[p. 51] paper with the now world famous caption. The scrap of paper in that case we reproduce in this issue. The Edward Collins named therein was Medford's ‘first land speculator’—who purchased the Cradock farm. It is significant that the dwelling was styled ‘Medeford House.’ Henry Dunster (first president of Harvard College) also mentioned therein and associated with Collins—owned the land and dwelling on the opposite side of the river (now Arlington）1 and in one of his and Increase Nowell's leases the lessee was to
pay £ 3 per year in wheat and barley at 4s per bushel, delivered at Medeford House twice each year; the first payment to be in 1648.The lease was for fifteen years and the property was in Lynn. Mr. Mann said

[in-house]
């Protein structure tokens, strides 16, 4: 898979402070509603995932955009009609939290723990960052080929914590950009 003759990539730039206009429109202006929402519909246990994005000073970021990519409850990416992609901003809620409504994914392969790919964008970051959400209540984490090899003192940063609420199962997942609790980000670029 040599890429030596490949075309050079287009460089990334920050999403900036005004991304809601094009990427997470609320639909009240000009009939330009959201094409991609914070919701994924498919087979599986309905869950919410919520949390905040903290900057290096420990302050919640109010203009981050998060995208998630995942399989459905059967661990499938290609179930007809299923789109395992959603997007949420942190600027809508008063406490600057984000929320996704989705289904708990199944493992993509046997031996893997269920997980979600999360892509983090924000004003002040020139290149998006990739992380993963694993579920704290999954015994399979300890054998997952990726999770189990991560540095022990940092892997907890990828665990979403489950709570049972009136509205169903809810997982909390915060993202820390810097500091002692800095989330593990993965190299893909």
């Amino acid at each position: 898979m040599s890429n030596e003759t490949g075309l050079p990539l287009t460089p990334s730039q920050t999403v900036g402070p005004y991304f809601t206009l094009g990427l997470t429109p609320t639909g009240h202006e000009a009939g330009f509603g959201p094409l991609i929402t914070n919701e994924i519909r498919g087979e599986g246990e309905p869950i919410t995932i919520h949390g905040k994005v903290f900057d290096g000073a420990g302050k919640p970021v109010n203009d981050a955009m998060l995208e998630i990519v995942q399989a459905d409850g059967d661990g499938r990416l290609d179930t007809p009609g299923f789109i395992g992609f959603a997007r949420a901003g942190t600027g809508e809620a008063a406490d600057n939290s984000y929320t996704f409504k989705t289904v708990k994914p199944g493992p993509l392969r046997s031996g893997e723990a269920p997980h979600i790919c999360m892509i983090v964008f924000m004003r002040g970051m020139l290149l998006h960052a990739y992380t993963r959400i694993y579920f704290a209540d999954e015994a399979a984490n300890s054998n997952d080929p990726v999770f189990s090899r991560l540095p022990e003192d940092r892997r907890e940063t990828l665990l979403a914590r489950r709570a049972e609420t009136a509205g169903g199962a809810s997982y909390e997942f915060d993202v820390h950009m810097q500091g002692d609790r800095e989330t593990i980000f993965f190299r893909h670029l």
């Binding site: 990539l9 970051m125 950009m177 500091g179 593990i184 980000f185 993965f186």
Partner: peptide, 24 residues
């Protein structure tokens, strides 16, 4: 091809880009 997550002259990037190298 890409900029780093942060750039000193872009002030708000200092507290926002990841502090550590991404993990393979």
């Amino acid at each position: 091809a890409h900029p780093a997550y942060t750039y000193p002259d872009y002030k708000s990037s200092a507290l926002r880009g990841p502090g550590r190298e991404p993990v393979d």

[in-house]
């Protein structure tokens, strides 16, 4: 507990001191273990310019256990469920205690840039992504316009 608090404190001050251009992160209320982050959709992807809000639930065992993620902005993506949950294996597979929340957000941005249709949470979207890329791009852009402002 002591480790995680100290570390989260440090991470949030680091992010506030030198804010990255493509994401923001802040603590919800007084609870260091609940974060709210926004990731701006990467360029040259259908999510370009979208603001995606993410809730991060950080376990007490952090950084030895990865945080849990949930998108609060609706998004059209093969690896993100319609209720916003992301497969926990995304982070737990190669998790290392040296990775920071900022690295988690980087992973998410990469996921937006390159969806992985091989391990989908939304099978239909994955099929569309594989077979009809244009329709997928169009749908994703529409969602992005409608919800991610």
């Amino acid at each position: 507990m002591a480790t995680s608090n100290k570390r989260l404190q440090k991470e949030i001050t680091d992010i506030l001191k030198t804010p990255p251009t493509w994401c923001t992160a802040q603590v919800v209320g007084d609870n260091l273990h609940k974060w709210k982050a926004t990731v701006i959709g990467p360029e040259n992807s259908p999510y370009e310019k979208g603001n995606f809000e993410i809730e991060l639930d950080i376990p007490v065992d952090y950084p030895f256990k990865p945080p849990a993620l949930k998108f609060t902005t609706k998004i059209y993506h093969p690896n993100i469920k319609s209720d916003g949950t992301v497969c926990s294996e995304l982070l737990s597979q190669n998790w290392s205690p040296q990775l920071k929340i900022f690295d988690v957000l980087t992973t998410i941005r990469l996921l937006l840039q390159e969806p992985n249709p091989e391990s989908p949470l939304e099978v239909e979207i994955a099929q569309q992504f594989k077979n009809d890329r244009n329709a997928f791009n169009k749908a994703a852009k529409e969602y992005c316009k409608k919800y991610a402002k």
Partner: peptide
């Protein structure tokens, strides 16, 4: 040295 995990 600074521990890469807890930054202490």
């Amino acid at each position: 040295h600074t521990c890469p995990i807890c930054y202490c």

A strange thing about this interesting document is that it should have led to such drastic proceedings, when one considers the fact that the immediate parties were all dead. Joseph Hills had done absolutely nothing for which he deserved arrest, neither had Edward Collins, who was an early settler of Cambridge and a most useful man in that community and in Medford. Henry Dunster, whose estate they represented, was dead. Deputy Governor, John Humphry, the owner. . . incidentally of Wind-Mill Hill [in Lynn where the leased property was] was also dead; Rev. Jose Glover, the man whose loan of So pounds to John Humphry, led to all the trouble, was so long dead that his name scarcely finds a place in the proceeding.Another interesting thing in this old scrap of paper is that Malden's constable was dignified by the title of ‘Marshall Generall,’ in 1662.